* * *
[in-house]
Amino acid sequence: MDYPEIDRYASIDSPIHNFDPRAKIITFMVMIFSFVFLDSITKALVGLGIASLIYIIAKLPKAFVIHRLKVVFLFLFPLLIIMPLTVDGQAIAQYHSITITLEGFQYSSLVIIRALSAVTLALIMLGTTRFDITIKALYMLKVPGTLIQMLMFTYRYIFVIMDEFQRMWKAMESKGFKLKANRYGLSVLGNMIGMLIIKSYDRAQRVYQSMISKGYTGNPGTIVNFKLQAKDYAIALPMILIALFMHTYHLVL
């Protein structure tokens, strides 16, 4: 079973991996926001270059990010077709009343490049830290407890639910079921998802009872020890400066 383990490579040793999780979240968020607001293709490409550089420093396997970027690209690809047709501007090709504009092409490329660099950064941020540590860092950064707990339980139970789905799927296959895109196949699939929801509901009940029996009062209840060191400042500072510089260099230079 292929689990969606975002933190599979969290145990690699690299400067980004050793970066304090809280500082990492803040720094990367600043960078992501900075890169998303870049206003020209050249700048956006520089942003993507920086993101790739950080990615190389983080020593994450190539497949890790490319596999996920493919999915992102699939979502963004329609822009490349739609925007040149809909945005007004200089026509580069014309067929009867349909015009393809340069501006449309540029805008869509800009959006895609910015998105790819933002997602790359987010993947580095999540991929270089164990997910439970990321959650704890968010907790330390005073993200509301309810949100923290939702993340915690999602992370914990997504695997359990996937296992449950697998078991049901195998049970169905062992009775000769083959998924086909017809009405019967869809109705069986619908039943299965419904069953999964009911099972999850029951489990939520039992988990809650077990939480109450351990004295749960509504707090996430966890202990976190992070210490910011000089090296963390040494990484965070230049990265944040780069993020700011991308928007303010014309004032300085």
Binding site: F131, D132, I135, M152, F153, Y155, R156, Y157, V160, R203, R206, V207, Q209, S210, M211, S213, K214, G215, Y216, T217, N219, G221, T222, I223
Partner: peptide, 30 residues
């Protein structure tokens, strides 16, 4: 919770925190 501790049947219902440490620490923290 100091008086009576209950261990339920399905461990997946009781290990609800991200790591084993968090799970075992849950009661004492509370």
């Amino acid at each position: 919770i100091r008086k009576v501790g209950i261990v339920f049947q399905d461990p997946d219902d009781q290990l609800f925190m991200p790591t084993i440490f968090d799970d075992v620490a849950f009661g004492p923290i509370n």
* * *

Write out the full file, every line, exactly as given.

[in-house]
Amino acid sequence: MDYPEIDRYASIDSPIHNFDPRAKIITFMVMIFSFVFLDSITKALVGLGIASLIYIIAKLPKAFVIHRLKVVFLFLFPLLIIMPLTVDGQAIAQYHSITITLEGFQYSSLVIIRALSAVTLALIMLGTTRFDITIKALYMLKVPGTLIQMLMFTYRYIFVIMDEFQRMWKAMESKGFKLKANRYGLSVLGNMIGMLIIKSYDRAQRVYQSMISKGYTGNPGTIVNFKLQAKDYAIALPMILIALFMHTYHLVL
């Protein structure tokens, strides 16, 4: 079973991996926001270059990010077709009343490049830290407890639910079921998802009872020890400066 383990490579040793999780979240968020607001293709490409550089420093396997970027690209690809047709501007090709504009092409490329660099950064941020540590860092950064707990339980139970789905799927296959895109196949699939929801509901009940029996009062209840060191400042500072510089260099230079 292929689990969606975002933190599979969290145990690699690299400067980004050793970066304090809280500082990492803040720094990367600043960078992501900075890169998303870049206003020209050249700048956006520089942003993507920086993101790739950080990615190389983080020593994450190539497949890790490319596999996920493919999915992102699939979502963004329609822009490349739609925007040149809909945005007004200089026509580069014309067929009867349909015009393809340069501006449309540029805008869509800009959006895609910015998105790819933002997602790359987010993947580095999540991929270089164990997910439970990321959650704890968010907790330390005073993200509301309810949100923290939702993340915690999602992370914990997504695997359990996937296992449950697998078991049901195998049970169905062992009775000769083959998924086909017809009405019967869809109705069986619908039943299965419904069953999964009911099972999850029951489990939520039992988990809650077990939480109450351990004295749960509504707090996430966890202990976190992070210490910011000089090296963390040494990484965070230049990265944040780069993020700011991308928007303010014309004032300085």
Binding site: F131, D132, I135, M152, F153, Y155, R156, Y157, V160, R203, R206, V207, Q209, S210, M211, S213, K214, G215, Y216, T217, N219, G221, T222, I223
Partner: peptide, 30 residues
């Protein structure tokens, strides 16, 4: 919770925190 501790049947219902440490620490923290 100091008086009576209950261990339920399905461990997946009781290990609800991200790591084993968090799970075992849950009661004492509370």
């Amino acid at each position: 919770i100091r008086k009576v501790g209950i261990v339920f049947q399905d461990p997946d219902d009781q290990l609800f925190m991200p790591t084993i440490f968090d799970d075992v620490a849950f009661g004492p923290i509370n």